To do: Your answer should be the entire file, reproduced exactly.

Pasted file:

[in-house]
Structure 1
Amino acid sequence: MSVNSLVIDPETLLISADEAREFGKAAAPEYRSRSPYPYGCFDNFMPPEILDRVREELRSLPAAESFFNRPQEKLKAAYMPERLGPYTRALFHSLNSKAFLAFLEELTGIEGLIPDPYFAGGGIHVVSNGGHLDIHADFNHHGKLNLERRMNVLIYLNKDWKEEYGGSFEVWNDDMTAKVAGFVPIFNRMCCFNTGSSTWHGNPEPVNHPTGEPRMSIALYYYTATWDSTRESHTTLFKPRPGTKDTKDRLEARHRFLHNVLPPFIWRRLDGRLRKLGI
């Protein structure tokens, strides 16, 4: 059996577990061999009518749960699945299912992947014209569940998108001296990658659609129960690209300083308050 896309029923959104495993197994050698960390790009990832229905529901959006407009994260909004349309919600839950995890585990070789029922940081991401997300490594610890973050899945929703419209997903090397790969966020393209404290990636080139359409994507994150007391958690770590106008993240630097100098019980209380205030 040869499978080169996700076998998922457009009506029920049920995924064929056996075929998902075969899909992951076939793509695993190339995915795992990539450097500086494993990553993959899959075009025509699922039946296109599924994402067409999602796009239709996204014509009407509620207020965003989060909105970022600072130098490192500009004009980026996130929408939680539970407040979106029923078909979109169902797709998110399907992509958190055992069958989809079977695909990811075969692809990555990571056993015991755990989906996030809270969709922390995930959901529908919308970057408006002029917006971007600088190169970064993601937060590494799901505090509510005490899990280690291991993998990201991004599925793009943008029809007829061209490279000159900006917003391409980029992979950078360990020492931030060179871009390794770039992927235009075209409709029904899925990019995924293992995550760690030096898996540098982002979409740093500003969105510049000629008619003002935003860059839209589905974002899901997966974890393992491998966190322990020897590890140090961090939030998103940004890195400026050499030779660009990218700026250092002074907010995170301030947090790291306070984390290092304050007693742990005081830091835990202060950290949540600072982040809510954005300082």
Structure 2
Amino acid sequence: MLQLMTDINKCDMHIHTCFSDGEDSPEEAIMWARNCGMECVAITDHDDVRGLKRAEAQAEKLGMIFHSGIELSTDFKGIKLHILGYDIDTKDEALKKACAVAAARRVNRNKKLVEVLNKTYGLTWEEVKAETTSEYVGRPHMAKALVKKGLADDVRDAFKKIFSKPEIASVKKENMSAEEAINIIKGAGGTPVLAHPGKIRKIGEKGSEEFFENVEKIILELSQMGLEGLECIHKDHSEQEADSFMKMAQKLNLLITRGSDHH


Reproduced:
[in-house]
Structure 1
Amino acid sequence: MSVNSLVIDPETLLISADEAREFGKAAAPEYRSRSPYPYGCFDNFMPPEILDRVREELRSLPAAESFFNRPQEKLKAAYMPERLGPYTRALFHSLNSKAFLAFLEELTGIEGLIPDPYFAGGGIHVVSNGGHLDIHADFNHHGKLNLERRMNVLIYLNKDWKEEYGGSFEVWNDDMTAKVAGFVPIFNRMCCFNTGSSTWHGNPEPVNHPTGEPRMSIALYYYTATWDSTRESHTTLFKPRPGTKDTKDRLEARHRFLHNVLPPFIWRRLDGRLRKLGI
């Protein structure tokens, strides 16, 4: 059996577990061999009518749960699945299912992947014209569940998108001296990658659609129960690209300083308050 896309029923959104495993197994050698960390790009990832229905529901959006407009994260909004349309919600839950995890585990070789029922940081991401997300490594610890973050899945929703419209997903090397790969966020393209404290990636080139359409994507994150007391958690770590106008993240630097100098019980209380205030 040869499978080169996700076998998922457009009506029920049920995924064929056996075929998902075969899909992951076939793509695993190339995915795992990539450097500086494993990553993959899959075009025509699922039946296109599924994402067409999602796009239709996204014509009407509620207020965003989060909105970022600072130098490192500009004009980026996130929408939680539970407040979106029923078909979109169902797709998110399907992509958190055992069958989809079977695909990811075969692809990555990571056993015991755990989906996030809270969709922390995930959901529908919308970057408006002029917006971007600088190169970064993601937060590494799901505090509510005490899990280690291991993998990201991004599925793009943008029809007829061209490279000159900006917003391409980029992979950078360990020492931030060179871009390794770039992927235009075209409709029904899925990019995924293992995550760690030096898996540098982002979409740093500003969105510049000629008619003002935003860059839209589905974002899901997966974890393992491998966190322990020897590890140090961090939030998103940004890195400026050499030779660009990218700026250092002074907010995170301030947090790291306070984390290092304050007693742990005081830091835990202060950290949540600072982040809510954005300082």
Structure 2
Amino acid sequence: MLQLMTDINKCDMHIHTCFSDGEDSPEEAIMWARNCGMECVAITDHDDVRGLKRAEAQAEKLGMIFHSGIELSTDFKGIKLHILGYDIDTKDEALKKACAVAAARRVNRNKKLVEVLNKTYGLTWEEVKAETTSEYVGRPHMAKALVKKGLADDVRDAFKKIFSKPEIASVKKENMSAEEAINIIKGAGGTPVLAHPGKIRKIGEKGSEEFFENVEKIILELSQMGLEGLECIHKDHSEQEADSFMKMAQKLNLLITRGSDHH